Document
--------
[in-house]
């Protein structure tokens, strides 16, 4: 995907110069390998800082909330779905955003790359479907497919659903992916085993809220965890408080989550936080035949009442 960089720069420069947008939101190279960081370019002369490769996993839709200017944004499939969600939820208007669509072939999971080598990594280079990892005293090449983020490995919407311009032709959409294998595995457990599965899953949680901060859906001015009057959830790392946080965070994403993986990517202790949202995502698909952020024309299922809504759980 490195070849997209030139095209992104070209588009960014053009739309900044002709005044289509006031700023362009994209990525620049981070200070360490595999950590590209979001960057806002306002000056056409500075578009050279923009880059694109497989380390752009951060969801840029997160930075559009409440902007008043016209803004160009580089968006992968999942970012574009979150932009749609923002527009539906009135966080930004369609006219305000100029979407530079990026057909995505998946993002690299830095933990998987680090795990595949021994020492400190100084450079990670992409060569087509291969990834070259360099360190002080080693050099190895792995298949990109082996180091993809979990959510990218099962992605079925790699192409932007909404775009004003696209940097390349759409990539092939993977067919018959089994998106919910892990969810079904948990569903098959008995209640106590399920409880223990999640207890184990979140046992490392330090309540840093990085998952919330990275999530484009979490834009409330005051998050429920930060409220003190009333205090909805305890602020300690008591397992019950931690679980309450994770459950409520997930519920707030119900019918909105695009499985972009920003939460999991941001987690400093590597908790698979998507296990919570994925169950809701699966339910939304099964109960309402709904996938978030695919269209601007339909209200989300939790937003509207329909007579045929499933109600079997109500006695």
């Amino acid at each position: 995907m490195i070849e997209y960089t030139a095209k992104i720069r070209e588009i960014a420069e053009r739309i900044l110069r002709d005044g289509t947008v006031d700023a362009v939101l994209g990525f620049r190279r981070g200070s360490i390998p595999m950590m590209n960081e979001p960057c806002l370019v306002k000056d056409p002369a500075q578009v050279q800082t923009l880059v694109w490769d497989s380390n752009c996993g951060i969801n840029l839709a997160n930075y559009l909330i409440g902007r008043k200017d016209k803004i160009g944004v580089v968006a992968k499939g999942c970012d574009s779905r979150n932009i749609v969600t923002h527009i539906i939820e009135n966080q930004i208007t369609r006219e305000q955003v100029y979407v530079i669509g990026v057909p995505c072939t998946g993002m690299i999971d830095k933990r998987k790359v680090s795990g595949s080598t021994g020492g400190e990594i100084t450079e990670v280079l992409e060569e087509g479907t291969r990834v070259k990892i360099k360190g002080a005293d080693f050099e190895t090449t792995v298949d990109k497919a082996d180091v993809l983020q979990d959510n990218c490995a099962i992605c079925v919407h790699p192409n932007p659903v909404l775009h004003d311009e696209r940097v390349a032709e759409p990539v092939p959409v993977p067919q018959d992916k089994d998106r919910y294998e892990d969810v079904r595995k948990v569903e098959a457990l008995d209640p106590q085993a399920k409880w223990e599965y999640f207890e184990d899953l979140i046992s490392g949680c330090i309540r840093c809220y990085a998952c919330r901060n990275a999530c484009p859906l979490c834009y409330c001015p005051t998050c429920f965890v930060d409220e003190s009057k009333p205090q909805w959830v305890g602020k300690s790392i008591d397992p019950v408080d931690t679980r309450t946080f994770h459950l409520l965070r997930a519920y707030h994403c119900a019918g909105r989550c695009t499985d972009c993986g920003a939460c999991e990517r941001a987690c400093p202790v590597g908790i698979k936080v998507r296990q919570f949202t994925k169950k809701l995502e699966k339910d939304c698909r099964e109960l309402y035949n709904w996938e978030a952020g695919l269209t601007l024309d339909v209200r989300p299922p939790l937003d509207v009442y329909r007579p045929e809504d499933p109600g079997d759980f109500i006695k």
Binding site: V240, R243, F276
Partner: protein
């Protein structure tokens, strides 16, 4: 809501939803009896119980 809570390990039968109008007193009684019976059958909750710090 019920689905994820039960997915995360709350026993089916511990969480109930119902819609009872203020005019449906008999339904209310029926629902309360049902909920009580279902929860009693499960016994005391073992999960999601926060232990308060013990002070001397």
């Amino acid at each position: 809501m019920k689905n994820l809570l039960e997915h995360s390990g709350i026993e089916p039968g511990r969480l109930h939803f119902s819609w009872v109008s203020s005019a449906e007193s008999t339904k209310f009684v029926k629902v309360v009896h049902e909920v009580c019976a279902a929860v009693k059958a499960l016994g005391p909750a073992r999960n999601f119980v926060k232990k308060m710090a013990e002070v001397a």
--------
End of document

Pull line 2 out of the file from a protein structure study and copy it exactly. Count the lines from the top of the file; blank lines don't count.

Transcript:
């Protein structure tokens, strides 16, 4: 995907110069390998800082909330779905955003790359479907497919659903992916085993809220965890408080989550936080035949009442 960089720069420069947008939101190279960081370019002369490769996993839709200017944004499939969600939820208007669509072939999971080598990594280079990892005293090449983020490995919407311009032709959409294998595995457990599965899953949680901060859906001015009057959830790392946080965070994403993986990517202790949202995502698909952020024309299922809504759980 490195070849997209030139095209992104070209588009960014053009739309900044002709005044289509006031700023362009994209990525620049981070200070360490595999950590590209979001960057806002306002000056056409500075578009050279923009880059694109497989380390752009951060969801840029997160930075559009409440902007008043016209803004160009580089968006992968999942970012574009979150932009749609923002527009539906009135966080930004369609006219305000100029979407530079990026057909995505998946993002690299830095933990998987680090795990595949021994020492400190100084450079990670992409060569087509291969990834070259360099360190002080080693050099190895792995298949990109082996180091993809979990959510990218099962992605079925790699192409932007909404775009004003696209940097390349759409990539092939993977067919018959089994998106919910892990969810079904948990569903098959008995209640106590399920409880223990999640207890184990979140046992490392330090309540840093990085998952919330990275999530484009979490834009409330005051998050429920930060409220003190009333205090909805305890602020300690008591397992019950931690679980309450994770459950409520997930519920707030119900019918909105695009499985972009920003939460999991941001987690400093590597908790698979998507296990919570994925169950809701699966339910939304099964109960309402709904996938978030695919269209601007339909209200989300939790937003509207329909007579045929499933109600079997109500006695």